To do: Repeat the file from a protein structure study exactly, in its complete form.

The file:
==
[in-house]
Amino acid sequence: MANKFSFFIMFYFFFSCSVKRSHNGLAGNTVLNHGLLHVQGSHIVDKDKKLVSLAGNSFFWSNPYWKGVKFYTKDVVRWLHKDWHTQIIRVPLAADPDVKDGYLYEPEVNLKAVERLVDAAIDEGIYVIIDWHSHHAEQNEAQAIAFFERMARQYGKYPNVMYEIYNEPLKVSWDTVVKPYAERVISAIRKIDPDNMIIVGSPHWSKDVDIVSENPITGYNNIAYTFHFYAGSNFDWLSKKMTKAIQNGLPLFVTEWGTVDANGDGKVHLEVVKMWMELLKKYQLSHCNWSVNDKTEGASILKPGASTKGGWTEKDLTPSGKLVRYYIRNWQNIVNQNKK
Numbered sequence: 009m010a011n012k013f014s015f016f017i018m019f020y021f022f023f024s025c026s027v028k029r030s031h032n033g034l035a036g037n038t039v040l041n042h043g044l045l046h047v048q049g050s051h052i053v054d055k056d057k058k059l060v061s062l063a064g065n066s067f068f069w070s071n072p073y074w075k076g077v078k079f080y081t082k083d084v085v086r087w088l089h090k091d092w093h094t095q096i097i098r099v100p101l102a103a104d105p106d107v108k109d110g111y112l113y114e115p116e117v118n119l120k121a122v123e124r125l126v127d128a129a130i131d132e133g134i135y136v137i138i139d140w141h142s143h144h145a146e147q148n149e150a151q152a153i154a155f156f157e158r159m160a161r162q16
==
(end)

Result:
[in-house]
Amino acid sequence: MANKFSFFIMFYFFFSCSVKRSHNGLAGNTVLNHGLLHVQGSHIVDKDKKLVSLAGNSFFWSNPYWKGVKFYTKDVVRWLHKDWHTQIIRVPLAADPDVKDGYLYEPEVNLKAVERLVDAAIDEGIYVIIDWHSHHAEQNEAQAIAFFERMARQYGKYPNVMYEIYNEPLKVSWDTVVKPYAERVISAIRKIDPDNMIIVGSPHWSKDVDIVSENPITGYNNIAYTFHFYAGSNFDWLSKKMTKAIQNGLPLFVTEWGTVDANGDGKVHLEVVKMWMELLKKYQLSHCNWSVNDKTEGASILKPGASTKGGWTEKDLTPSGKLVRYYIRNWQNIVNQNKK
Numbered sequence: 009m010a011n012k013f014s015f016f017i018m019f020y021f022f023f024s025c026s027v028k029r030s031h032n033g034l035a036g037n038t039v040l041n042h043g044l045l046h047v048q049g050s051h052i053v054d055k056d057k058k059l060v061s062l063a064g065n066s067f068f069w070s071n072p073y074w075k076g077v078k079f080y081t082k083d084v085v086r087w088l089h090k091d092w093h094t095q096i097i098r099v100p101l102a103a104d105p106d107v108k109d110g111y112l113y114e115p116e117v118n119l120k121a122v123e124r125l126v127d128a129a130i131d132e133g134i135y136v137i138i139d140w141h142s143h144h145a146e147q148n149e150a151q152a153i154a155f156f157e158r159m160a161r162q16